More than a word – actions speak louder

While the way we mark this year’s National Reconciliation Week reflects the challenges the COVID-19 global pandemic has presented, what hasn’t changed is our commitment to Aboriginal and Torres Strait Islander people and the health and wellbeing of communities across Western Australia.

In our Strategic Plan Better Health, Together 2020 – 2023, Aboriginal health is a fundamental priority for WA Primary Health Alliance. This plan also reflects the importance of the National Agreement on Closing the Gap which informs our strategic direction in this area.

Our objective is to ensure health equity for Aboriginal people so they can access culturally safe healthcare in the right place and the right time.

A deliverable of our Strategic Plan is to develop strategies that inform and guide the commissioning of health services across the state, alongside a commitment to working in partnership with the Aboriginal Community Controlled Health Sector.

WA Primary Health Alliance CEO, Learne Durrington, said as the theme of this year’s National Reconciliation Week, More than a Word, implies, our focus also needs to be on action.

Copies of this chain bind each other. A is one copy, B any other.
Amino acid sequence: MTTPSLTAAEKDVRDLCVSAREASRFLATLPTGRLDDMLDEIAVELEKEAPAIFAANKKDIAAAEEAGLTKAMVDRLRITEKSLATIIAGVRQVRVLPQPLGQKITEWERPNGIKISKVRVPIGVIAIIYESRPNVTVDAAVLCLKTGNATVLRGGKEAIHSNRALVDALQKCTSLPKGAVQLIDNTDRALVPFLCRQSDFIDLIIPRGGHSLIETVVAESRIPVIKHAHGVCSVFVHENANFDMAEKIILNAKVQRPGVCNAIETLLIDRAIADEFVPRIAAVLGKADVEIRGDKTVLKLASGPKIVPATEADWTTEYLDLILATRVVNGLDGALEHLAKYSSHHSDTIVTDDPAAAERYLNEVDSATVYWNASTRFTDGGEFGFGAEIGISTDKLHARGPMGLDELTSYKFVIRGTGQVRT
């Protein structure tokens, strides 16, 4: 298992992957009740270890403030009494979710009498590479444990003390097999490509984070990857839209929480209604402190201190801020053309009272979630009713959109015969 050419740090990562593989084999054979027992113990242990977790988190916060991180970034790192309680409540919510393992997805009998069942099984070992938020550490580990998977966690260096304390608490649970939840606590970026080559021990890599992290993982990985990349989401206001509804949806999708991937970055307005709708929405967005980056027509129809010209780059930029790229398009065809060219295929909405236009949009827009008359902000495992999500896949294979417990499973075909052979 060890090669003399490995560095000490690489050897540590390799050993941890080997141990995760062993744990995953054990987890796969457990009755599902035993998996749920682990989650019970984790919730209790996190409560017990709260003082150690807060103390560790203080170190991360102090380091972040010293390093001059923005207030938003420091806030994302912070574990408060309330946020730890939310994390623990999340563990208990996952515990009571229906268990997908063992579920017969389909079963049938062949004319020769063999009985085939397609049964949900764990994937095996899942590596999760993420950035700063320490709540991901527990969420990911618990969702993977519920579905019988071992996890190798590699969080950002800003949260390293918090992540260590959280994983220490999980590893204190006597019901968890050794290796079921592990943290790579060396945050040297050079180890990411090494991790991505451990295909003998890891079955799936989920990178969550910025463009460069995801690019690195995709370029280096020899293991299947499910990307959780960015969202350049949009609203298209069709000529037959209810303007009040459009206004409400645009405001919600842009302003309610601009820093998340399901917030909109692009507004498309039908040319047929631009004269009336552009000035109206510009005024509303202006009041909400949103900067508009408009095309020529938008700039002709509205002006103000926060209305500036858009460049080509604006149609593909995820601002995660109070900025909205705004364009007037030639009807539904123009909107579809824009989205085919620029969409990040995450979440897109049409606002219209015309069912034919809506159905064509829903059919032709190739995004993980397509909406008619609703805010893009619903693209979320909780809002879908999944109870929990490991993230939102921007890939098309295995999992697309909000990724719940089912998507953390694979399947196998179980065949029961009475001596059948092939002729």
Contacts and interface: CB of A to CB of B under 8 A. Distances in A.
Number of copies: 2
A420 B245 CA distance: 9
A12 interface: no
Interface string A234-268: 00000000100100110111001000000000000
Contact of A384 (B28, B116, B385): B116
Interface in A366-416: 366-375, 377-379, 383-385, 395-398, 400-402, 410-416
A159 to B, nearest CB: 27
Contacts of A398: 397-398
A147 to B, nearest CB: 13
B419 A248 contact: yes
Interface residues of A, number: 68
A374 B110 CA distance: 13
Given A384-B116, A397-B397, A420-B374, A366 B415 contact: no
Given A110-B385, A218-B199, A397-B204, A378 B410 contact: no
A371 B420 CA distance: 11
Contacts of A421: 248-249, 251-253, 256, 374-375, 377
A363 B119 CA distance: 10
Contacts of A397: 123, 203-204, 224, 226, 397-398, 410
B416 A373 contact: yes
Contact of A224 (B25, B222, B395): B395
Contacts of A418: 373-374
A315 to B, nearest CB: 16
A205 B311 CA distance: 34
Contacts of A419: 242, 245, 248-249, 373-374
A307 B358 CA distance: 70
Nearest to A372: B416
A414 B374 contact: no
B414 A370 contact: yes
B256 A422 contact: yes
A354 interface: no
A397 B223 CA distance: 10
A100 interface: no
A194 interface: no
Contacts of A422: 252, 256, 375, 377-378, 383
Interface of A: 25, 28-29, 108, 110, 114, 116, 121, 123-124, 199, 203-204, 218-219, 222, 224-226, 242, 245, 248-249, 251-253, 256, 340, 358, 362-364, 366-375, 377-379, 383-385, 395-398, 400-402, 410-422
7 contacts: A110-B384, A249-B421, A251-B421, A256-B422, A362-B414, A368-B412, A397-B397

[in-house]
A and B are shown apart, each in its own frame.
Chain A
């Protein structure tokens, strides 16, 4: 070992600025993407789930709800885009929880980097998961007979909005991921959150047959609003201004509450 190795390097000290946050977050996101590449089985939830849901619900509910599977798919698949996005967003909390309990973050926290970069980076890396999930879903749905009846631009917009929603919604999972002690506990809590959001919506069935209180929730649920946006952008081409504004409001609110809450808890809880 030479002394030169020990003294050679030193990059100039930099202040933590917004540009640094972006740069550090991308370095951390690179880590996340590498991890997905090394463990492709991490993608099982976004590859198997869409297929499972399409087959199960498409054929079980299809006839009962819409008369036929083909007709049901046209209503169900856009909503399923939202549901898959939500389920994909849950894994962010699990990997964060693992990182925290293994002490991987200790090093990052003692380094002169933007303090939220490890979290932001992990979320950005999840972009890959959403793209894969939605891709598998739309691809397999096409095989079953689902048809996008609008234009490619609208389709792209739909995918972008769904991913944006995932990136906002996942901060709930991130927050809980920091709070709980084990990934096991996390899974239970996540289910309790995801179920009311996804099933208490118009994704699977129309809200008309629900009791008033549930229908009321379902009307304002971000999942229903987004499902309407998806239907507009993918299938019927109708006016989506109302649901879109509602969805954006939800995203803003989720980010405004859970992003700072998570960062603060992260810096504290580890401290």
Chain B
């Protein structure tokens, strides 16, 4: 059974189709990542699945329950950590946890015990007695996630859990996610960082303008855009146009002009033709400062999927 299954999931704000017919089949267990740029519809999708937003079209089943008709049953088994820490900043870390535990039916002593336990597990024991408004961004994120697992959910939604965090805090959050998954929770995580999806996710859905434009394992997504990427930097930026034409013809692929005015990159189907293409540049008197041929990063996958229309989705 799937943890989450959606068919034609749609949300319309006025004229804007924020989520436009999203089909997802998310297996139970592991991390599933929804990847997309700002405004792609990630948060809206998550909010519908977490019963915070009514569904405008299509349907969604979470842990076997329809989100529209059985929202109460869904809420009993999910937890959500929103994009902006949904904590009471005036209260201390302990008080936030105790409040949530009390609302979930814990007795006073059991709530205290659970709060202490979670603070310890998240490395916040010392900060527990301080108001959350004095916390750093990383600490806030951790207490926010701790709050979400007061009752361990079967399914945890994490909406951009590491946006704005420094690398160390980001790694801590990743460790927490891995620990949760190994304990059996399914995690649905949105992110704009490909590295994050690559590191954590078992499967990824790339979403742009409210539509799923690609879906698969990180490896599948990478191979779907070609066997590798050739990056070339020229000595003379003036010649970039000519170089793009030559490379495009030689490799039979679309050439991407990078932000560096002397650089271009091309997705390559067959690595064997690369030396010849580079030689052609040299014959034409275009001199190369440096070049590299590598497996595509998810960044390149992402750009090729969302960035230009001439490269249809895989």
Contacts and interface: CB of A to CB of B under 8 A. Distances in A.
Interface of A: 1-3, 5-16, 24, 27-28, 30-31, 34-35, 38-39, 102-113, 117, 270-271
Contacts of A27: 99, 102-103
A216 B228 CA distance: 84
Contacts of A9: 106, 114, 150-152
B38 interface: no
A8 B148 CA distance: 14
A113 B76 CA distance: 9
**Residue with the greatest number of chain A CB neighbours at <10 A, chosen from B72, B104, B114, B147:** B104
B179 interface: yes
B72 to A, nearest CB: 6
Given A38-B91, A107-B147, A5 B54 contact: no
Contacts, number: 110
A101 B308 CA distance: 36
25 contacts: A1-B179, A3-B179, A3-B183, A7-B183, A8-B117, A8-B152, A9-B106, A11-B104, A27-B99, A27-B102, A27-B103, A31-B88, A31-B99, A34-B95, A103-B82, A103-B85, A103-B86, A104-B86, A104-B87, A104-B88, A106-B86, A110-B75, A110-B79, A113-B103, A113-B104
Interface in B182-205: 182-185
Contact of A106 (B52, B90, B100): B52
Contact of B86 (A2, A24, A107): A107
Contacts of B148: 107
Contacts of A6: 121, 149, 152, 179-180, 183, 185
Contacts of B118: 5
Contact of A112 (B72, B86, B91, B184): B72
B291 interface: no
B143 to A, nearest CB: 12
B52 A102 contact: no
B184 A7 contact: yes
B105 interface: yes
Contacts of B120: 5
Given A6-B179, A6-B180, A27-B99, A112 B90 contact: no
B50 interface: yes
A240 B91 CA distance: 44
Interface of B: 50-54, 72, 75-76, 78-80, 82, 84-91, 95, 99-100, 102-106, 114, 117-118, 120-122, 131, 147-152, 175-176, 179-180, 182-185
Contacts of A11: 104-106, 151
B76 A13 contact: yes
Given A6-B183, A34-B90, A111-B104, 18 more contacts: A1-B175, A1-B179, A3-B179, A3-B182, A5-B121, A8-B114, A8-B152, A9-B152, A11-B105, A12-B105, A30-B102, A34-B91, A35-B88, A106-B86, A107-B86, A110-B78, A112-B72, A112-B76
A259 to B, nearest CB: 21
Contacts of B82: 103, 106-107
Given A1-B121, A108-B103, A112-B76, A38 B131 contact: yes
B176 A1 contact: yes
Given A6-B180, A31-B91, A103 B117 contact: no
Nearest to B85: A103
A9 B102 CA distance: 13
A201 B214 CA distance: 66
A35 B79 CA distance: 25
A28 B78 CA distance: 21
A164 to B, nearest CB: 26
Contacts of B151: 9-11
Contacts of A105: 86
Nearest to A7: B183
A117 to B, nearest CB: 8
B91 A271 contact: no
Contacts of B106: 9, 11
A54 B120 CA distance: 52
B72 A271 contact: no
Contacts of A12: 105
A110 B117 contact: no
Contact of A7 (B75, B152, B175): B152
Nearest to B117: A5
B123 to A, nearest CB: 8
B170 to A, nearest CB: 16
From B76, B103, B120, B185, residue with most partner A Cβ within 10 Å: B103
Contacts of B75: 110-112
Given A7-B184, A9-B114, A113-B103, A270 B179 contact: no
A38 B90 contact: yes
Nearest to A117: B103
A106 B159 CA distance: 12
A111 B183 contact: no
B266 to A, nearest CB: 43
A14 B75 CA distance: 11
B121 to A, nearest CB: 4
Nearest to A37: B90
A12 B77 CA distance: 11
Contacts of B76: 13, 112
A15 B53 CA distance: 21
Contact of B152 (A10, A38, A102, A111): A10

“Starting with our Aboriginal Health Strategy, this will direct resources to where they are most needed, to support Aboriginal people with their health care.

“This important work is being led by our recently appointed Senior Policy Advisor for Aboriginal Health, Mark Griffin, with invaluable guidance and support from our Board member, Professor Rhonda Marriott and the members of our Strategic Aboriginal Health and Wellbeing Advisory Group,” Ms Durrington said.

As part of our Mental Health Strategy, WA Primary Health Alliance recognises the important work being done by Aboriginal leaders in the mental health and social and emotional wellbeing field.

“As such, we support the principles of the Gayaa Dhuwi (Proud Spirit) Declaration and we are committed to genuine reconciliation and working with Aboriginal leaders, organisations, and communities across the state,” Ms Durrington said.

“During the past few months, we have been engaging with the Aboriginal Community Controlled Health Sector to better understand the needs of Aboriginal communities and the programs and services that utilise cultural models of care.”

With the organisation’s second Reconciliation Plan (the Innovate Reconciliation Plan) in the final stages of development, it outlines key actions that will contribute to improving the health and wellbeing of Aboriginal people.

“This includes deliverables from our Operational Plan such as the development of a Cultural Competency Framework and an Aboriginal Employment Strategy.”

Additionally, part of WA Primary Health Alliance’s reconciliation journey includes supporting the principles of the 2017 Uluru Statement and recognising the long and continuing connection of Aboriginal and Torres Strait Islander peoples with the land.

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